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Trial begins for ex-Prime Minister De Villepin in France

Dominique de Villepin is accused of conspiring to use forged documents to defame then-rival Nicolas Sarkozy in the so-called Clearstream affair.

September 22, 2009|Reuters

PARIS — Former Prime Minister Dominique de Villepin went on trial Monday, accused of conspiring to smear Nicolas Sarkozy in 2004 and wreck his chances of becoming president.

The trial, expected to run for a month, will focus on the biggest political scandal France has seen in years -- a murky story featuring forged documents, spies and bitter enmities.

The so-called Clearstream affair nearly destroyed the center-right government of then-President Jacques Chirac, in which the former diplomat De Villepin and the blunt-spoken outsider Sarkozy were rival ministers.

De Villepin is accused of trying to have forged documents planted in a judicial corruption investigation with the aim of discrediting Sarkozy as the two maneuvered to succeed the aging Chirac in the 2007 presidential election.

He denies any wrongdoing and says he is the victim of injustice. He accuses Sarkozy of being obsessed with the case, and argues that the president's involvement in the trial as a civil plaintiff has distorted proceedings.

"I am here because of one man's decision and one man's obsession," De Villepin said as he arrived at the courthouse with his wife and three children. "I will emerge free and with my name cleared."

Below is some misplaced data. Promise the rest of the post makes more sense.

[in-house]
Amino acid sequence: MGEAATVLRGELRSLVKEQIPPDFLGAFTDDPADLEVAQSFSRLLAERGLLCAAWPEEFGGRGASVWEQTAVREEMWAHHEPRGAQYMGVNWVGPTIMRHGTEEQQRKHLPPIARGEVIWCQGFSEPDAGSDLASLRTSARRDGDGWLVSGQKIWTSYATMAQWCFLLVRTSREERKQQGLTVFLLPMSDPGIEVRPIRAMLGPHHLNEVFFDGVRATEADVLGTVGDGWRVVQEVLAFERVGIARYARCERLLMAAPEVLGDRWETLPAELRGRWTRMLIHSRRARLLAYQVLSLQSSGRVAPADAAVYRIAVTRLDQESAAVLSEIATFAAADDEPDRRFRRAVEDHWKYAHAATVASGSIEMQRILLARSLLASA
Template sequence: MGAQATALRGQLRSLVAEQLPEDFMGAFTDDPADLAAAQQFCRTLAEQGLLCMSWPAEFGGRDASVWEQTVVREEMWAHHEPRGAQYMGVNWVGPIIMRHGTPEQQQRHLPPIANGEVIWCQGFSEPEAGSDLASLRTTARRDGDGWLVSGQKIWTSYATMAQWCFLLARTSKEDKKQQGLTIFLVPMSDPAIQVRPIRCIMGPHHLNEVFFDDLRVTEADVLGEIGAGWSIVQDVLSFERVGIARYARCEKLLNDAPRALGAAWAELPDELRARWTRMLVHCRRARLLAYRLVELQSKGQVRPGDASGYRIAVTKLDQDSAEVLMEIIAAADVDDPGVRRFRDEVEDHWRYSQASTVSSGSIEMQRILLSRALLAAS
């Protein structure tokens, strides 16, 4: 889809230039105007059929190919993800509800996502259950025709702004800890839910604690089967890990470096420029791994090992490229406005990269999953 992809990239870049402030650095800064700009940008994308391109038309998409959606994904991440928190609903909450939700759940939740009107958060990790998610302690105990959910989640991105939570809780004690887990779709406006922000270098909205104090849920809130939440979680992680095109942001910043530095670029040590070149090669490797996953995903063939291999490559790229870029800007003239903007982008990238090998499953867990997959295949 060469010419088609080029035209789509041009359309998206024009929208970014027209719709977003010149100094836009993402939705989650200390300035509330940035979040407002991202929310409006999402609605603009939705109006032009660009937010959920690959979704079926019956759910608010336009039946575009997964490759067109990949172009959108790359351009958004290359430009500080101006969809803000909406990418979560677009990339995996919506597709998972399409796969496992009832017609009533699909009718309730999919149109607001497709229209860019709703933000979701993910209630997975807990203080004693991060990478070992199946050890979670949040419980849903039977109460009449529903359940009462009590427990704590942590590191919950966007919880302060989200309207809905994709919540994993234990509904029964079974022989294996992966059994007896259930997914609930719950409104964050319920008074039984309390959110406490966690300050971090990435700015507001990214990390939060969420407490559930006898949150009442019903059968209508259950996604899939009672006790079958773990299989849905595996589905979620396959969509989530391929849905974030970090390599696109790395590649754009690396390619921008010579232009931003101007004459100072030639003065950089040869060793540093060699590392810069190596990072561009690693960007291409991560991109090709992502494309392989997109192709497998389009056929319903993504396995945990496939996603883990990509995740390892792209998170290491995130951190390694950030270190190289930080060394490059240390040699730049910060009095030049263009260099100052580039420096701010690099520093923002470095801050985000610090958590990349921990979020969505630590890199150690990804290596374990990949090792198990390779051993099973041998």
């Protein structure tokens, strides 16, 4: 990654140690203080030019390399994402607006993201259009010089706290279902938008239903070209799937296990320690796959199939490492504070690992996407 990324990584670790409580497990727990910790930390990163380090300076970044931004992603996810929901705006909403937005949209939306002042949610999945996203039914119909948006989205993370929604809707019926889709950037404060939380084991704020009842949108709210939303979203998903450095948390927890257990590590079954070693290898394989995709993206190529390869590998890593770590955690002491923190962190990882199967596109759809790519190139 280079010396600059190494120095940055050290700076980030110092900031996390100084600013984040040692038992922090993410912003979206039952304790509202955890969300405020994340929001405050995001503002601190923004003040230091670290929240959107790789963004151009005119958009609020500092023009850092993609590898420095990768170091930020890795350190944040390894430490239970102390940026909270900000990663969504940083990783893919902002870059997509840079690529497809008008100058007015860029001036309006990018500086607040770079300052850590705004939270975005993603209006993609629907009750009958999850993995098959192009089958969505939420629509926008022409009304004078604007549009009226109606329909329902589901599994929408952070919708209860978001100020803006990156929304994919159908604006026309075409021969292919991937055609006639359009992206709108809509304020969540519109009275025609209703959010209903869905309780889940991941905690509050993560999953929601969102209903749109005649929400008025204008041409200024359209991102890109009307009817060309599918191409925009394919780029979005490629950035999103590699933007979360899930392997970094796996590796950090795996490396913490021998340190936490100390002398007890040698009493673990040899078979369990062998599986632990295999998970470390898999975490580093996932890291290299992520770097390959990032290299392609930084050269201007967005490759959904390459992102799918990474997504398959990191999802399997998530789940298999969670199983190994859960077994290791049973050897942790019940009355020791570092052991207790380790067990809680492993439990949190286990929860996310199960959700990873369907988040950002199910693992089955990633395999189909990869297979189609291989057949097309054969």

If found guilty, De Villepin, who won global fame in 2003 with an impassioned speech at the United Nations against the U.S.-led invasion of Iraq, could face up to five years in prison and a fine of more than $60,000.

He is charged with "complicity in defamation and the use of forged documents and possession of goods obtained by breach of trust and theft."

The Clearstream affair surfaced in 2004, when a judge investigating a corruption case linked to an arms deal with Taiwan was sent documents by an anonymous informant implicating a host of prominent people, including Sarkozy.

The documents included a huge list of accounts, purportedly held at the Luxembourg-based financial institution Clearstream, with the suggestion that they were linked to Taiwan, as well as criminal groups including the Russian mafia.

The documents were quickly unmasked as fake and the investigation switched to determining who was behind them.

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